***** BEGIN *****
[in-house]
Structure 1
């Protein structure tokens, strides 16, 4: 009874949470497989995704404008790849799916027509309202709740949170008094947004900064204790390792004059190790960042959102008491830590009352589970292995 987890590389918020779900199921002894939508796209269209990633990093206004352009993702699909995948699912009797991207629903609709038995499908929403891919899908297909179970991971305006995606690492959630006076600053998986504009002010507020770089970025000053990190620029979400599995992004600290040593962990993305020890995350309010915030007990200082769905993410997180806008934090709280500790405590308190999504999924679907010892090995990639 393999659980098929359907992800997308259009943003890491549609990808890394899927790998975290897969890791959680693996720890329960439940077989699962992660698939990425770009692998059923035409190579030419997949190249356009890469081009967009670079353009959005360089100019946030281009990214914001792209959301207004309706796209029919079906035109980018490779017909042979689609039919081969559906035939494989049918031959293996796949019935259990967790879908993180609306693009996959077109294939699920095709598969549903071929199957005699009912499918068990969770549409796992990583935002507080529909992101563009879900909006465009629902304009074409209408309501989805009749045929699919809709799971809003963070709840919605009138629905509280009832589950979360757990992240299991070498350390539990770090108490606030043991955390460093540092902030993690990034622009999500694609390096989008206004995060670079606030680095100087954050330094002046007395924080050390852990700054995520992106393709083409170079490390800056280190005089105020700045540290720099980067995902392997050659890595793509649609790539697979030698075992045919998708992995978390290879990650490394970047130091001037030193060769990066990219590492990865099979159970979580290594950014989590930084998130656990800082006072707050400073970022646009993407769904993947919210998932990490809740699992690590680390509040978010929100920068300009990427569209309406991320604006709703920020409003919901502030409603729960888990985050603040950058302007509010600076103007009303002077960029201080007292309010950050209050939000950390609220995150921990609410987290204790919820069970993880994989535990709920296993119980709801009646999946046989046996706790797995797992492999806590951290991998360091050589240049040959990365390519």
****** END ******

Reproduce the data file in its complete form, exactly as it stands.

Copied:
[in-house]
Structure 1
């Protein structure tokens, strides 16, 4: 009874949470497989995704404008790849799916027509309202709740949170008094947004900064204790390792004059190790960042959102008491830590009352589970292995 987890590389918020779900199921002894939508796209269209990633990093206004352009993702699909995948699912009797991207629903609709038995499908929403891919899908297909179970991971305006995606690492959630006076600053998986504009002010507020770089970025000053990190620029979400599995992004600290040593962990993305020890995350309010915030007990200082769905993410997180806008934090709280500790405590308190999504999924679907010892090995990639 393999659980098929359907992800997308259009943003890491549609990808890394899927790998975290897969890791959680693996720890329960439940077989699962992660698939990425770009692998059923035409190579030419997949190249356009890469081009967009670079353009959005360089100019946030281009990214914001792209959301207004309706796209029919079906035109980018490779017909042979689609039919081969559906035939494989049918031959293996796949019935259990967790879908993180609306693009996959077109294939699920095709598969549903071929199957005699009912499918068990969770549409796992990583935002507080529909992101563009879900909006465009629902304009074409209408309501989805009749045929699919809709799971809003963070709840919605009138629905509280009832589950979360757990992240299991070498350390539990770090108490606030043991955390460093540092902030993690990034622009999500694609390096989008206004995060670079606030680095100087954050330094002046007395924080050390852990700054995520992106393709083409170079490390800056280190005089105020700045540290720099980067995902392997050659890595793509649609790539697979030698075992045919998708992995978390290879990650490394970047130091001037030193060769990066990219590492990865099979159970979580290594950014989590930084998130656990800082006072707050400073970022646009993407769904993947919210998932990490809740699992690590680390509040978010929100920068300009990427569209309406991320604006709703920020409003919901502030409603729960888990985050603040950058302007509010600076103007009303002077960029201080007292309010950050209050939000950390609220995150921990609410987290204790919820069970993880994989535990709920296993119980709801009646999946046989046996706790797995797992492999806590951290991998360091050589240049040959990365390519």